Safety & Accident

Safety Tip: Responding to a Traffic Stop

June 12, 2017

Photo by Coolcaesar at English language Wikipedia (via Wikimedia Commons).
Photo by Coolcaesar at English language Wikipedia (via Wikimedia Commons).

When a law enforcement officer pulls your vehicle over for a traffic stop, the experience can be stressful. It's important for your own safety, however, to maintain control of your emotions so the officer never feels threatened. Here’s advice from the Massachusetts Registry of Motor Vehicles:

  • Don’t ignore the officer’s signal or pretend you didn’t see it.
  • Turn on your right-turn signal and check your mirrors. Carefully and slowly move your vehicle completely to the right side of the road. If the officer drives by and doesn’t stop, return to the travel lane when it is safe.
  • Do not stop your vehicle in an intersection, in front of a driveway, or in a travel lane. If the officer directs you to pull over in a certain place, pull over where directed.
  • Put the vehicle in park (if an automatic transmission) or in neutral with the parking brake on (if a standard transmission). Turn off the engine.
  • Stay in the vehicle (both you and your passengers). Only get out if you are instructed to by the officer.
  • If it is dark, leave your headlights on and put the interior overhead light on.
  • Roll down your window as the officer walks toward you.
  • Wait until the officer asks for your license and registration before reaching into your pockets or into the glove compartment. While you know you are only reaching for the appropriate documents, your movements may be reasonably seen by the officer as an attempt to reach for a weapon or to hide something. The officer may feel threatened and may react in a manner that you do not expect. Hand the documents to the officer when requested and do not present the documents in a wallet or holder.
  • Keep your hands in plain sight and tell your passengers to do the same.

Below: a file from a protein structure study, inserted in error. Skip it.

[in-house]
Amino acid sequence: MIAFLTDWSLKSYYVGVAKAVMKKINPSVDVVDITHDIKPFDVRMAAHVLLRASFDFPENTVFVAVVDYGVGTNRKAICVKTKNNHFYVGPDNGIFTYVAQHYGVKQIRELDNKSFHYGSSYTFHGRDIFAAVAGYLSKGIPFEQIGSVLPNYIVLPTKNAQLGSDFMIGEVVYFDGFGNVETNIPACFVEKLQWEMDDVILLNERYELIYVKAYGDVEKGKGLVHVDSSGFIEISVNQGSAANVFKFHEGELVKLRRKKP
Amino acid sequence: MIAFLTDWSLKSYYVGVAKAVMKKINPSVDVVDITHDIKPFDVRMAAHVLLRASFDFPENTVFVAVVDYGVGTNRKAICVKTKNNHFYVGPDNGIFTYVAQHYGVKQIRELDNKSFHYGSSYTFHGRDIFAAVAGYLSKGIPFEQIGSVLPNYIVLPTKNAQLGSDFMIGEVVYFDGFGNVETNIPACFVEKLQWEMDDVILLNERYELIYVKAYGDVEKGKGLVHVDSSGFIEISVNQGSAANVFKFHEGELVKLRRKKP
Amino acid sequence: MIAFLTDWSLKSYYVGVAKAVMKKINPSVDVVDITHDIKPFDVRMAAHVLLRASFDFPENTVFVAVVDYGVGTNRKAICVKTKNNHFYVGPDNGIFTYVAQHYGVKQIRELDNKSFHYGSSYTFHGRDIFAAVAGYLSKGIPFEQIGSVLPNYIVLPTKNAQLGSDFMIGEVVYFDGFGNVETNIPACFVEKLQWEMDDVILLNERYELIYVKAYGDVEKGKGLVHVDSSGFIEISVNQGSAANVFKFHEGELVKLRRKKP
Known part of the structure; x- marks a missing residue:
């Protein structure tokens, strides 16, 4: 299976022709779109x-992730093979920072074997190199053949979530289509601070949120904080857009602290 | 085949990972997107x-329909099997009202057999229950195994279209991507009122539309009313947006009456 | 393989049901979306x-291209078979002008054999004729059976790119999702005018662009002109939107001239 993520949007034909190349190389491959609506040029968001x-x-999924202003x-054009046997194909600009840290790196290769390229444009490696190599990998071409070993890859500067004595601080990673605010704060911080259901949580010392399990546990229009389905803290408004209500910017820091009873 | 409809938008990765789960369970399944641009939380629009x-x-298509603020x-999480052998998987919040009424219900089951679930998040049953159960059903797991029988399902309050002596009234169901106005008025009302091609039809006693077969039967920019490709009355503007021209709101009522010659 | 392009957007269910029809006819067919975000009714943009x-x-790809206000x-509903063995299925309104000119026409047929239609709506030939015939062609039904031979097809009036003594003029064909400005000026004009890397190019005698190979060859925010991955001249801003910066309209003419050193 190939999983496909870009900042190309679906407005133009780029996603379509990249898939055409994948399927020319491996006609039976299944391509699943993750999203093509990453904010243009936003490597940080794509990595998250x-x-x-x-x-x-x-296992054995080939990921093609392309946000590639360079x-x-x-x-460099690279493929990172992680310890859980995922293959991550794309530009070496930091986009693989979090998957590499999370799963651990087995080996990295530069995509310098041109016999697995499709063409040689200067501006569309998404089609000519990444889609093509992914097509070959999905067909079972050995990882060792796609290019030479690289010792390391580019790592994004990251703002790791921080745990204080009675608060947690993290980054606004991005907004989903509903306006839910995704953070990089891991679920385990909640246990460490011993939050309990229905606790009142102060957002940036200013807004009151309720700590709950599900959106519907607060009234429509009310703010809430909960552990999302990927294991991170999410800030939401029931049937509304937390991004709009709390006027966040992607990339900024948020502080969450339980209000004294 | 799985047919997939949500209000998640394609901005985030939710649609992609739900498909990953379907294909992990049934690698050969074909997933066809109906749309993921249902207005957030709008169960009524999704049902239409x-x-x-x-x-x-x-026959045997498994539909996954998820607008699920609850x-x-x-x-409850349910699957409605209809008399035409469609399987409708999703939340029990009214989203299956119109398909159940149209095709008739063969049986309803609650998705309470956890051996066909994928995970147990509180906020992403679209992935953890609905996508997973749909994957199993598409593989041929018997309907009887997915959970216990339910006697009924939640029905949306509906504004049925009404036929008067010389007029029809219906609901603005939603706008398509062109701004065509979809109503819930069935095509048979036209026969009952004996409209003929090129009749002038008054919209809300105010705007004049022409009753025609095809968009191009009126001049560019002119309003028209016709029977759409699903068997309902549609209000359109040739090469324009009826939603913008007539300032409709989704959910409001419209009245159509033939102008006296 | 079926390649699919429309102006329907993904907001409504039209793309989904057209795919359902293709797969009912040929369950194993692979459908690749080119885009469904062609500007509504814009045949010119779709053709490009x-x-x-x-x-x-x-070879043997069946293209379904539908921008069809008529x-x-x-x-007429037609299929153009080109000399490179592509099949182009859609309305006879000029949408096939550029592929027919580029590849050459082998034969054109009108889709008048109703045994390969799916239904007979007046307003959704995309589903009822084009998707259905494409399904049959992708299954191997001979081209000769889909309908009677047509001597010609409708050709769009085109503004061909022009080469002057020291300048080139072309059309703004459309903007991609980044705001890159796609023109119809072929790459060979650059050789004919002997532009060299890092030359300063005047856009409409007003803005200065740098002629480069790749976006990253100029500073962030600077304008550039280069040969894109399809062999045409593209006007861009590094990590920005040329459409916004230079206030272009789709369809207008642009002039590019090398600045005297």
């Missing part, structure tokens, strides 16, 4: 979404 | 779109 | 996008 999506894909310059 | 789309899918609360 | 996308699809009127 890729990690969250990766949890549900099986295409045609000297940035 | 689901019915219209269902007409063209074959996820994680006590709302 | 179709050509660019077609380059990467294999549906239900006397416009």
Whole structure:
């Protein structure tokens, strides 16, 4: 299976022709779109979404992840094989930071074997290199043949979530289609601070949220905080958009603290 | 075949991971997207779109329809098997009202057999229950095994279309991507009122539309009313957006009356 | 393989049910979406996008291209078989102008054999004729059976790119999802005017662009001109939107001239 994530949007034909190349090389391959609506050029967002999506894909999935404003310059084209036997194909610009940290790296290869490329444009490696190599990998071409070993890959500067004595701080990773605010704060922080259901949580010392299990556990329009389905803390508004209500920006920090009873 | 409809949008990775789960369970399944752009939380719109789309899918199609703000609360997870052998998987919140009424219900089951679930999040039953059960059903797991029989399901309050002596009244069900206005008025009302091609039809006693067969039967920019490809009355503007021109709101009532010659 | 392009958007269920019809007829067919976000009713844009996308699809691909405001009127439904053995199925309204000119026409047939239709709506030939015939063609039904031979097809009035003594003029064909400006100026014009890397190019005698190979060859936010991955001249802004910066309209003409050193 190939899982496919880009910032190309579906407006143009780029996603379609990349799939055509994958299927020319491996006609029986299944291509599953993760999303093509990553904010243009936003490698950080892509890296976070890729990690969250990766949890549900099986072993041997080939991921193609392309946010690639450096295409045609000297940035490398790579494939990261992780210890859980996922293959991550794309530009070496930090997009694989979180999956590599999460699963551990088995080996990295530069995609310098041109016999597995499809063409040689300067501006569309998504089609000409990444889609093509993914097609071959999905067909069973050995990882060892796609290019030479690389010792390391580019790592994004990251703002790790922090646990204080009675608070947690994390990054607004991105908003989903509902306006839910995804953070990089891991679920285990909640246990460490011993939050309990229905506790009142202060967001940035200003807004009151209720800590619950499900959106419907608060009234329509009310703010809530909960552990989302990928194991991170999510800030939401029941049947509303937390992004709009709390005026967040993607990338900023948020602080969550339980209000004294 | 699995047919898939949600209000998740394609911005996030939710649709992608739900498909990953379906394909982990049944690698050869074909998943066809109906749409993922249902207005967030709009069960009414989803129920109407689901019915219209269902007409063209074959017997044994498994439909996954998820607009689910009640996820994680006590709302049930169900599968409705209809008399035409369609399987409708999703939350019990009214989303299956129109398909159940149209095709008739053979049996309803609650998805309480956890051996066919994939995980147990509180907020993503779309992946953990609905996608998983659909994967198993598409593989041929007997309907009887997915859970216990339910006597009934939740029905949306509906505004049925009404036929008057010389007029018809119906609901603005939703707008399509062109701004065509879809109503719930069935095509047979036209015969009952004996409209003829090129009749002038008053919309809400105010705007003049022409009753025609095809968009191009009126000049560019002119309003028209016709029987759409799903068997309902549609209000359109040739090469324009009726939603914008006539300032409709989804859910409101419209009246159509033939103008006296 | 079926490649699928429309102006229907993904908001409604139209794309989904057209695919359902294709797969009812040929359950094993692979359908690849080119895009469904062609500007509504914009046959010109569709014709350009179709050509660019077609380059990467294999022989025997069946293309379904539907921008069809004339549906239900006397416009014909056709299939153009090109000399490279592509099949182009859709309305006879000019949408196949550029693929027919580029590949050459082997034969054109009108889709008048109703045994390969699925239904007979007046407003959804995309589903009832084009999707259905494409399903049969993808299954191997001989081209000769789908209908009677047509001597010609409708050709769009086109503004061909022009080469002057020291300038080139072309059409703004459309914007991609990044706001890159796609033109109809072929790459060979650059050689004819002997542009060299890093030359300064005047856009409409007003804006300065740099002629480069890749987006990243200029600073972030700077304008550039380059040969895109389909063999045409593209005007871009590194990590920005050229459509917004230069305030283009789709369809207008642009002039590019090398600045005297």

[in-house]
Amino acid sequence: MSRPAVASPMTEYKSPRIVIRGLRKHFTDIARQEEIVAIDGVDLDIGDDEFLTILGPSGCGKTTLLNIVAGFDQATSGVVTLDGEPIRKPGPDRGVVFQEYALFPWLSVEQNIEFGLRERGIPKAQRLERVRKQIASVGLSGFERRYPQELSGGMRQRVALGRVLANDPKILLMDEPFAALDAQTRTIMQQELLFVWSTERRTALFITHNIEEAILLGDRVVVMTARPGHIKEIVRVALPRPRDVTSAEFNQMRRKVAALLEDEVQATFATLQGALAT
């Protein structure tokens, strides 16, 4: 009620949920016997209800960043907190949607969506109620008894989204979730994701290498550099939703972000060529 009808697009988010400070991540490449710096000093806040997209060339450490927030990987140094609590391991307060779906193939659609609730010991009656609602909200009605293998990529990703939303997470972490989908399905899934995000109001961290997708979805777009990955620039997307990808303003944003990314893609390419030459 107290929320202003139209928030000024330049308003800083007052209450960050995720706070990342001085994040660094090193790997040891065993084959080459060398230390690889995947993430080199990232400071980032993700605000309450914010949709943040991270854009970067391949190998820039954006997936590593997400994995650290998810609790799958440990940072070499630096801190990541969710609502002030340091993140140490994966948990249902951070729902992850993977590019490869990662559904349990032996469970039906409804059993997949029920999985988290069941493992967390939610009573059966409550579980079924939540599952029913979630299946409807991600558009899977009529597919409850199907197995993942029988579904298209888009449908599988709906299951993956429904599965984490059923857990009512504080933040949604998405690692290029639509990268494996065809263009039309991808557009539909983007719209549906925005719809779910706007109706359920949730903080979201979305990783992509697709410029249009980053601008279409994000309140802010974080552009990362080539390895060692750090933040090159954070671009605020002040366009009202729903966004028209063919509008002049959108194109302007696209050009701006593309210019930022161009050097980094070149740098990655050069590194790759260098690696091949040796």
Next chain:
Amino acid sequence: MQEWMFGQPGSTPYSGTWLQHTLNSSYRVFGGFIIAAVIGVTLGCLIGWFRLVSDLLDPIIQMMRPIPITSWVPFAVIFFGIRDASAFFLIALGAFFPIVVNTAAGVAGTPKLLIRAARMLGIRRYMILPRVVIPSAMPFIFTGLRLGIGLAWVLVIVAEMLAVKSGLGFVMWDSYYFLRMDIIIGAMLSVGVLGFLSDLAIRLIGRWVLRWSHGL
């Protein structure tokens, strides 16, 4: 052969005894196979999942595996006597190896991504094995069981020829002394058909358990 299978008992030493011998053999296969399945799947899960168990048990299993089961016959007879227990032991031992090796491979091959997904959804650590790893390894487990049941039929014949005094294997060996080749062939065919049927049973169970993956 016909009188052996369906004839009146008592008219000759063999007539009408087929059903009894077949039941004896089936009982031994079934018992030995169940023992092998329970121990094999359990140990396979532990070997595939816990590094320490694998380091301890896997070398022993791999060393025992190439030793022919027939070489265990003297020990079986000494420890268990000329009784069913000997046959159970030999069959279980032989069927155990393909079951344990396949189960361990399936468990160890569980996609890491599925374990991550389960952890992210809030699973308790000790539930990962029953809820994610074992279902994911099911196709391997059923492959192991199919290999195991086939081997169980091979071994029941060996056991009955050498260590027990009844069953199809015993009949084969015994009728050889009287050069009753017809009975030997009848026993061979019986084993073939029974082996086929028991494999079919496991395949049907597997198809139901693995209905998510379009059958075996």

• Do not make any sudden movements or gestures that could seem threatening. Examples of this could be reaching under the seats or into unlit areas of the vehicle. Make sure your passengers do not do this either.
  • Stay in your vehicle when the officer goes back to the police car. If you have a question, wait until the officer returns. If you find something the officer requested, hold it out the window and wait for the officer to return.
  • Be polite when the officer returns your license and registration. If the officer gives you a ticket, do not argue. Once a citation is issued, the officer is required to file it and cannot take it back. You have the right to challenge the citation in court.
  • When the officer tells you that you can go, put on your left-turn signal, check your mirrors, and return to the travel lane. If you are on a highway, accelerate to a safe speed in the breakdown lane before merging into traffic. 
  • If you believe that you were stopped by a police officer because of your race or your gender, you may report this by contacting the police department or law enforcement agency of the officer who stopped you.

Comment On This Story

Name:  
Email:  
Comment: (Maximum 10000 characters)  
Leave this field empty:
* Please note that every comment is moderated.

FleetFAQ

Public Fleet Tracking And Telematics

Amin Amini from Verizon will answer your questions and challenges

View All

Recent Topics

Here's an EV question or two: How are you paying for the charging station? I have some interested parties in my city, but not an...

View Topic

Good afternoon all. We have been looking at trying a fuel additive developed by a company called DPF Remedy. The benefits are supposed...

View Topic

Fleet Documents

1025 Fleet Documents (and counting) to Download!

Sponsored by

Coverage for services such as towing, emergency repairs, starting assistance for cars with disabled batteries, fuel replenishment for cars run out of fuel, etc.

Read more